3 counties fighting to keep reduced monument boundaries

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  • wasatchcascade Salt Lake City, Utah
    May 3, 2018 10:29 a.m.

    The Antiquities was a vehicle that "initiated" the creation of most of the National Parks in Utah. And if one looks at other states in the West, they will find the same. The name of the law may be bothersome to many, apparently it is, and the reach used by various presidents is deemed "annoying" by opponents. Still, when you think about Arches, Canyonlands, Hovenweep, Natural Bridges - there were reams of opponents back then and still enough political will "and a legal vehicle" to bring about "their creation". The GSENM has been in existence for 20 years, various business operations have blossomed and others (extraction & timber) have receded; and the challenge of "viability" in the rural sector has continued to challenge parts of Garfield County. To suggest though that the monument has injured the communities economically and culturally is mostly an "ideological" sentiment and not based on nuanced diverse information. Spend time with scientists and/or archaeologists and one can have a new and interesting look & feel for the country - and those that graze cattle (historically) continue in the same manner and number since the monument creation.

  • imsmarterthanyou Salt Lake City, UT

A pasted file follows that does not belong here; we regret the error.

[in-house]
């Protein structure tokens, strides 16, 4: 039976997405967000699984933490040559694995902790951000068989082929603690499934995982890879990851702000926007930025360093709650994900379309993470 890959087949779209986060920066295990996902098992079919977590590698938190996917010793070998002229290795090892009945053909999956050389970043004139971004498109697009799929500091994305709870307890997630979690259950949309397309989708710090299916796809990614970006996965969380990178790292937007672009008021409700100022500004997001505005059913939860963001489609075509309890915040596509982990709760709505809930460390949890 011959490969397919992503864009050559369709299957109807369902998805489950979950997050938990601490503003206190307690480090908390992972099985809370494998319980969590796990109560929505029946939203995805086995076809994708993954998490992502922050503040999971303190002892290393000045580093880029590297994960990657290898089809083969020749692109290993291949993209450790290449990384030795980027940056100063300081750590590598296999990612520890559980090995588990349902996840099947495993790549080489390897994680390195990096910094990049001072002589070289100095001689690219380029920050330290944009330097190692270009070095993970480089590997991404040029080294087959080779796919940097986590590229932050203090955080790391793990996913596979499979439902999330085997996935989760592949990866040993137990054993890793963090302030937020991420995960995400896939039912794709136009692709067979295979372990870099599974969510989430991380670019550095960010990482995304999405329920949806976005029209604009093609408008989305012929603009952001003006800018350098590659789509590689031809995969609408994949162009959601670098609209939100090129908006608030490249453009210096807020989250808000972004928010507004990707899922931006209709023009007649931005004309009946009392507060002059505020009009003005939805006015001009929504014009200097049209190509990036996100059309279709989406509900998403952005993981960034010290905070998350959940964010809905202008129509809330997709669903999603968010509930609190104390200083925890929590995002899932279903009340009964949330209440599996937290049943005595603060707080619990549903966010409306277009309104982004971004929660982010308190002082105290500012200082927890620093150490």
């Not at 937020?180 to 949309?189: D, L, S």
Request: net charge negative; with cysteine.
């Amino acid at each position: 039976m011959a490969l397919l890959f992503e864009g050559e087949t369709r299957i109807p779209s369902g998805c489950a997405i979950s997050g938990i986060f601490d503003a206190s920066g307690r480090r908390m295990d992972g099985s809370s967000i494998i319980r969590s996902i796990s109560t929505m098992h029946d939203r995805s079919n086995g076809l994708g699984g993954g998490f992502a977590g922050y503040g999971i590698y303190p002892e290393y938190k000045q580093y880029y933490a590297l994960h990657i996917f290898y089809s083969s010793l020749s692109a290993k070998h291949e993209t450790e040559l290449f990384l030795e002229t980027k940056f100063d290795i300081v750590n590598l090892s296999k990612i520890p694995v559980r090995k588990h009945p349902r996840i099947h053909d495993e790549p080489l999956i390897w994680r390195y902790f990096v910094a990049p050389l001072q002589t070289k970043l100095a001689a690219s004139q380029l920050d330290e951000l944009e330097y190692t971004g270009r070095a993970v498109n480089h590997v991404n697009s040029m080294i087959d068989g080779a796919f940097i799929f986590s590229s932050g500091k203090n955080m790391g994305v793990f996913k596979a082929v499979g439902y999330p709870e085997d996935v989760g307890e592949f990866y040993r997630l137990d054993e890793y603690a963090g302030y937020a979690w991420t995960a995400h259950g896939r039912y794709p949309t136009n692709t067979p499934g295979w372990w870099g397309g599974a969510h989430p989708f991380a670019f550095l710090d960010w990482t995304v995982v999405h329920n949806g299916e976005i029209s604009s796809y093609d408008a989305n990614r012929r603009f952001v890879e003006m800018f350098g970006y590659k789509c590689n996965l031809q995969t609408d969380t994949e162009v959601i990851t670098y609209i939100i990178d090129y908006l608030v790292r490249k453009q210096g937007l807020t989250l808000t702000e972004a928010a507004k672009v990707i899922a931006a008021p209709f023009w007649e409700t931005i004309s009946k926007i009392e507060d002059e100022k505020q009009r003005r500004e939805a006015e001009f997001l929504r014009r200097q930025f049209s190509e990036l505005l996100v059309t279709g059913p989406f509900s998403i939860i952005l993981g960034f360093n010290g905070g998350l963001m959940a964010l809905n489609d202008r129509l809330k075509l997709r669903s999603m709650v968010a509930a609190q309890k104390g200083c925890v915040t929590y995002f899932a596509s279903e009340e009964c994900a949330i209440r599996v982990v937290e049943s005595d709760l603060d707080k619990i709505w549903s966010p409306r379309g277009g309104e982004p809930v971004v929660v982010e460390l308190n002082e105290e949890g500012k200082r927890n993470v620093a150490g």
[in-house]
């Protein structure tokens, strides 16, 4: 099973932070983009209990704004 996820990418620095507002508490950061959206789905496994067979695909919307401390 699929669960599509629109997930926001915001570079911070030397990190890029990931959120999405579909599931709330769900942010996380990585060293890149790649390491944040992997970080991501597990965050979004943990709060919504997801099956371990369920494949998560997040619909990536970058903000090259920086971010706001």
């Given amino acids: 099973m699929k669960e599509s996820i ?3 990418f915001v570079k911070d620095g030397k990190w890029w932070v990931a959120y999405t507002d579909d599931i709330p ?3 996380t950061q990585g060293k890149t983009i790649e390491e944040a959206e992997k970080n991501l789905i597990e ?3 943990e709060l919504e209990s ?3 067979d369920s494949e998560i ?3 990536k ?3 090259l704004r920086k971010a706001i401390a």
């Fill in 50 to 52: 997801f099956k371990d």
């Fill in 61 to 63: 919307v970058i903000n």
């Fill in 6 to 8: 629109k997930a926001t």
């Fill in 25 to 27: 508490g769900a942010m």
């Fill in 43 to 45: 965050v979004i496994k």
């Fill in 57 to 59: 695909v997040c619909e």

May 3, 2018 7:40 a.m.

    I'm all for getting rid of them entirely. I would like to see a good coal mine and a few oil rigs down there with ATV trails EVERYWHERE!!!

  • TJ Eagle Mountain, UT
    May 2, 2018 5:45 p.m.

    I say shrink them even more. And pass a law that any monument designations can be no larger than 10 acres and must be voted on by those living in the boundaries of the monument.

  • emb Pleasant Grove, UT
    May 2, 2018 5:00 p.m.

    When will this ever end?

  • casual observer Salt Lake City, UT
    May 2, 2018 4:24 p.m.

    The Antiquities Act was meant to preserve, well, antiquities. If the monument advocates would be forthright and simply say we want to prevent any future mining or drilling on this property rather than saying they want to preserve specific, unique antiquities which are already protected by the BLM, their argument would be more credible. On the other hand it is difficult to make the case for mineral extraction in view of their atrocious environment record.

  • Ernest T. Bass Bountiful, UT
    May 2, 2018 4:11 p.m.

    Springdale, Moab and the counties that have the National Parks will gladly take all those tourist dollars.
    Not so incidentally, tourism brings significantly more dollars to Utah than extraction and grazing.